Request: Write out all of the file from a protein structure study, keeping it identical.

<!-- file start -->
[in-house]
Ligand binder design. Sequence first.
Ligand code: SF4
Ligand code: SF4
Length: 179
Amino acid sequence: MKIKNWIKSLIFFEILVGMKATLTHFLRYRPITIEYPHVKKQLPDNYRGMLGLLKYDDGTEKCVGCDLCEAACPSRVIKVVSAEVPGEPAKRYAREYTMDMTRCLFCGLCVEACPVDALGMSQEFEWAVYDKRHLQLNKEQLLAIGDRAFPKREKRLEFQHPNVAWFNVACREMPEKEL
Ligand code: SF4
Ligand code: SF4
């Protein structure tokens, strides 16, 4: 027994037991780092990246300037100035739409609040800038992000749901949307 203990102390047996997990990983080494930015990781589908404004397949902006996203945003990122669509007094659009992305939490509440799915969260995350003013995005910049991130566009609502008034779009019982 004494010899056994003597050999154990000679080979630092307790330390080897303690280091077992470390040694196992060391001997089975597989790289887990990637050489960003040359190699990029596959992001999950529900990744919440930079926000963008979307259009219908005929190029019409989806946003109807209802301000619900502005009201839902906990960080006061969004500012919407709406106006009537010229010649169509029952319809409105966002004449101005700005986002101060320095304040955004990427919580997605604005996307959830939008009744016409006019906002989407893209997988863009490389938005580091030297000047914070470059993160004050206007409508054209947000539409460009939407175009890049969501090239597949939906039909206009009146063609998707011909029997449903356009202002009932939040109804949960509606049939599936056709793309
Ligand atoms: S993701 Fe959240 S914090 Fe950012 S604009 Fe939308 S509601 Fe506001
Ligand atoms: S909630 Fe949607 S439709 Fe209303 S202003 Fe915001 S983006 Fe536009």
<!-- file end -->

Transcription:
[in-house]
Ligand binder design. Sequence first.
Ligand code: SF4
Ligand code: SF4
Length: 179
Amino acid sequence: MKIKNWIKSLIFFEILVGMKATLTHFLRYRPITIEYPHVKKQLPDNYRGMLGLLKYDDGTEKCVGCDLCEAACPSRVIKVVSAEVPGEPAKRYAREYTMDMTRCLFCGLCVEACPVDALGMSQEFEWAVYDKRHLQLNKEQLLAIGDRAFPKREKRLEFQHPNVAWFNVACREMPEKEL
Ligand code: SF4
Ligand code: SF4
């Protein structure tokens, strides 16, 4: 027994037991780092990246300037100035739409609040800038992000749901949307 203990102390047996997990990983080494930015990781589908404004397949902006996203945003990122669509007094659009992305939490509440799915969260995350003013995005910049991130566009609502008034779009019982 004494010899056994003597050999154990000679080979630092307790330390080897303690280091077992470390040694196992060391001997089975597989790289887990990637050489960003040359190699990029596959992001999950529900990744919440930079926000963008979307259009219908005929190029019409989806946003109807209802301000619900502005009201839902906990960080006061969004500012919407709406106006009537010229010649169509029952319809409105966002004449101005700005986002101060320095304040955004990427919580997605604005996307959830939008009744016409006019906002989407893209997988863009490389938005580091030297000047914070470059993160004050206007409508054209947000539409460009939407175009890049969501090239597949939906039909206009009146063609998707011909029997449903356009202002009932939040109804949960509606049939599936056709793309
Ligand atoms: S993701 Fe959240 S914090 Fe950012 S604009 Fe939308 S509601 Fe506001
Ligand atoms: S909630 Fe949607 S439709 Fe209303 S202003 Fe915001 S983006 Fe536009």